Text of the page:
Teaching Dying Patient Care in Three Universities in Argentina, Spain, and Italy
Eduardo Mario Mutto (1), Carlos Cavazzoli (2), Josepmaria Argemi Ballbe (2), Vittoradolfo Tambone (3), Carlos Centeno (4), and Marcelo Jose Villar (5)
We performed a multicenter comparative survey on undergraduate medical education regarding the care of dying patients at medical schools in three countries.
We enrolled 380 first- and sixth-year medical students from Universidad Austral (Argentina), Universidad de Navarra (Spain), and Università Campus Biomedico di Roma (Italy). Answers to the questions were similar among the three universities. Students acknowledged interacting directly with dying patients in all cases. Attitudes toward dying patients were highly positive.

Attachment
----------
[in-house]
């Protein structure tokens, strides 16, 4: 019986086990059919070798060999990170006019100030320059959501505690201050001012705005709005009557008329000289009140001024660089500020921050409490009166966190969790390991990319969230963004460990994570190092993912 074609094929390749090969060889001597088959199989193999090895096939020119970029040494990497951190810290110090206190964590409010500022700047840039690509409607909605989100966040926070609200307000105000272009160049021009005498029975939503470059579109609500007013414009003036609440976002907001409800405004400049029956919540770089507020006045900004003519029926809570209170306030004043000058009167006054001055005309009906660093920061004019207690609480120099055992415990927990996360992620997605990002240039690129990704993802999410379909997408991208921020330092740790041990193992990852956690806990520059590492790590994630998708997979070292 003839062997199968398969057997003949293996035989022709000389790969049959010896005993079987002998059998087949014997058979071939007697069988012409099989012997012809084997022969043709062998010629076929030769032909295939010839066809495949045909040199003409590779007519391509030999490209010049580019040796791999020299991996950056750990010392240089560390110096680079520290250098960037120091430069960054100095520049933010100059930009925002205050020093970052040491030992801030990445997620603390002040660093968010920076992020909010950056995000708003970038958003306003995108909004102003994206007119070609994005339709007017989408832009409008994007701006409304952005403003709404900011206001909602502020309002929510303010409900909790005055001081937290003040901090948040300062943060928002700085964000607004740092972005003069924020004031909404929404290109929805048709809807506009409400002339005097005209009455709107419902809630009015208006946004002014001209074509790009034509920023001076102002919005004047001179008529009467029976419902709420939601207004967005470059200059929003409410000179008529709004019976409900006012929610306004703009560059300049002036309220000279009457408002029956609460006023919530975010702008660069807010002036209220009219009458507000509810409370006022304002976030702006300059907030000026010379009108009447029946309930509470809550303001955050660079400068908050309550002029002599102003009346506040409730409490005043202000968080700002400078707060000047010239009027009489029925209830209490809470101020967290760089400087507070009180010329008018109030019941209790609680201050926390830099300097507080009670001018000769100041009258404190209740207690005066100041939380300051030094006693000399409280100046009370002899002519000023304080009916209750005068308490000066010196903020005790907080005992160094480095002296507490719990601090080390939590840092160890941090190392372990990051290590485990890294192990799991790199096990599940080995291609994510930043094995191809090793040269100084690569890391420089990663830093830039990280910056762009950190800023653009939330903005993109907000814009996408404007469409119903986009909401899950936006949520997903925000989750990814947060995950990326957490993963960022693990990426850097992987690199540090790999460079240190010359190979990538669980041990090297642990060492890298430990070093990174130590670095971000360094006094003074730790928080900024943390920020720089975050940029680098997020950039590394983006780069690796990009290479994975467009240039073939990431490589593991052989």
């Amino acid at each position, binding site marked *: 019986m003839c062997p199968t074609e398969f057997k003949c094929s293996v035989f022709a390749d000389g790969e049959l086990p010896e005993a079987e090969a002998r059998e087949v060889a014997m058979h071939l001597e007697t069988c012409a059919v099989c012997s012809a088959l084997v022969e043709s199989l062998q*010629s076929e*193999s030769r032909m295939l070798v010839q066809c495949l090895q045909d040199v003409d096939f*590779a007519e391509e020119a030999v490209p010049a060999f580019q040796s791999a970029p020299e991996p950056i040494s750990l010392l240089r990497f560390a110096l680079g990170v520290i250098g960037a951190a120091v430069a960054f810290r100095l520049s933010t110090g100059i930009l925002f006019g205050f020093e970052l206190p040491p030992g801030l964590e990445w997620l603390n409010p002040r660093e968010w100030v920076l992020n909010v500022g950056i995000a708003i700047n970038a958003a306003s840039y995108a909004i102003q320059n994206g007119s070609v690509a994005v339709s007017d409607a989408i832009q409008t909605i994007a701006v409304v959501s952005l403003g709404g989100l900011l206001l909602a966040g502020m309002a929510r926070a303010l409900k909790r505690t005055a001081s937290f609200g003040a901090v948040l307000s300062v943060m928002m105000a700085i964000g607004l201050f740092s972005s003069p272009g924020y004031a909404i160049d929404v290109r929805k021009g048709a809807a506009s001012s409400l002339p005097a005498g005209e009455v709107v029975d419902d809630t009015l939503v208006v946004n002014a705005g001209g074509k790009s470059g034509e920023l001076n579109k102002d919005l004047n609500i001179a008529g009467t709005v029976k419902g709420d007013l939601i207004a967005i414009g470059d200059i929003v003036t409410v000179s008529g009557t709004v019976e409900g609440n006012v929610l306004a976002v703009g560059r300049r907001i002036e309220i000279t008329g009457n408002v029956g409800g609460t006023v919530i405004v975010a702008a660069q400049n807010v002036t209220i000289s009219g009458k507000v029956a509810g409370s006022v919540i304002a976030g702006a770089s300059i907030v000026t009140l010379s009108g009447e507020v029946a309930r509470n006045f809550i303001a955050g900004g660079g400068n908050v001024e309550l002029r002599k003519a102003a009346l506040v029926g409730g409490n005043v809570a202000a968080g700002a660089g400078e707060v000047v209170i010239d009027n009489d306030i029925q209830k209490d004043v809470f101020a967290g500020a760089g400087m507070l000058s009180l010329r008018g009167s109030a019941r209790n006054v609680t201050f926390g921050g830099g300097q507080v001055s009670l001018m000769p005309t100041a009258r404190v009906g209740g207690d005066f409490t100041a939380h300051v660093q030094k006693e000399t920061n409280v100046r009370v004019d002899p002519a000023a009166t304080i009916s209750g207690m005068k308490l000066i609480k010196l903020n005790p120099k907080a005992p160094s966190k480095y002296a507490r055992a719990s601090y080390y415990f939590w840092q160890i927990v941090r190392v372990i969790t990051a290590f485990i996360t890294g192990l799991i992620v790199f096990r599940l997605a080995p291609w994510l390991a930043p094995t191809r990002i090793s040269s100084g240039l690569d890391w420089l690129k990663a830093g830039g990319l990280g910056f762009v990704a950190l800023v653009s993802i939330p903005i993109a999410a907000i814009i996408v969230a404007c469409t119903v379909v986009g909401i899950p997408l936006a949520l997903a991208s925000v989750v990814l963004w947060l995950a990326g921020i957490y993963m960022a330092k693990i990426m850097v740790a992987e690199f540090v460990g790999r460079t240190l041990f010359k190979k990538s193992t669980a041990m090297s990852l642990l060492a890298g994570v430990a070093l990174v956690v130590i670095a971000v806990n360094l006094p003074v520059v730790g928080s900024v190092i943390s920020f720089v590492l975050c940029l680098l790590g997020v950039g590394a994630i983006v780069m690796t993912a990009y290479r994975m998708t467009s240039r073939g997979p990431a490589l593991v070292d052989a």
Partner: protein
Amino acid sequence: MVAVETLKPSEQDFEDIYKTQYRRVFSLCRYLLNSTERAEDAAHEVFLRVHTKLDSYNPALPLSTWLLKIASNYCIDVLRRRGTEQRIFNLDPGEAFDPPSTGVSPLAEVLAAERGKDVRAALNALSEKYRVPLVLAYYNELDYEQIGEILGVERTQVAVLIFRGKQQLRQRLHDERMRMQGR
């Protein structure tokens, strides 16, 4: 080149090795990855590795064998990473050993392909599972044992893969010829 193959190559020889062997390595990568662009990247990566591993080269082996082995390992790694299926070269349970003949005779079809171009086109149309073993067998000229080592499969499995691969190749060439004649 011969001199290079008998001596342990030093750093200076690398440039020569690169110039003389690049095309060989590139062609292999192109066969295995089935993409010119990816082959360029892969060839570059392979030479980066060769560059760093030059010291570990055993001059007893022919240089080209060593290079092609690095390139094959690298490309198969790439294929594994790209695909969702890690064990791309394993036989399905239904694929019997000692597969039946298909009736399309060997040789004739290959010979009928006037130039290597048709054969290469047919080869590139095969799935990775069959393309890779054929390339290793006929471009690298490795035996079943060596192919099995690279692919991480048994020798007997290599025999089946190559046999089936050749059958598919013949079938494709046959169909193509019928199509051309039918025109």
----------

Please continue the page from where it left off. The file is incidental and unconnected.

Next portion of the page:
Students spontaneously requested more training in end-of-life care. Some attitudes and wishes varied significantly from course to course. Students perceived that this issue received more attention in humanistic rather than in clinical subjects. Ninety-eight percent of students considered that death and helping patients to have a good death should be included in their training.
Students' attitudes revealed high interest and poor training in end-of-life issues. Medical curricula should be improved to adequately address these issues.
CITATION J Palliat Med. 2009 Jul;12(7):603-7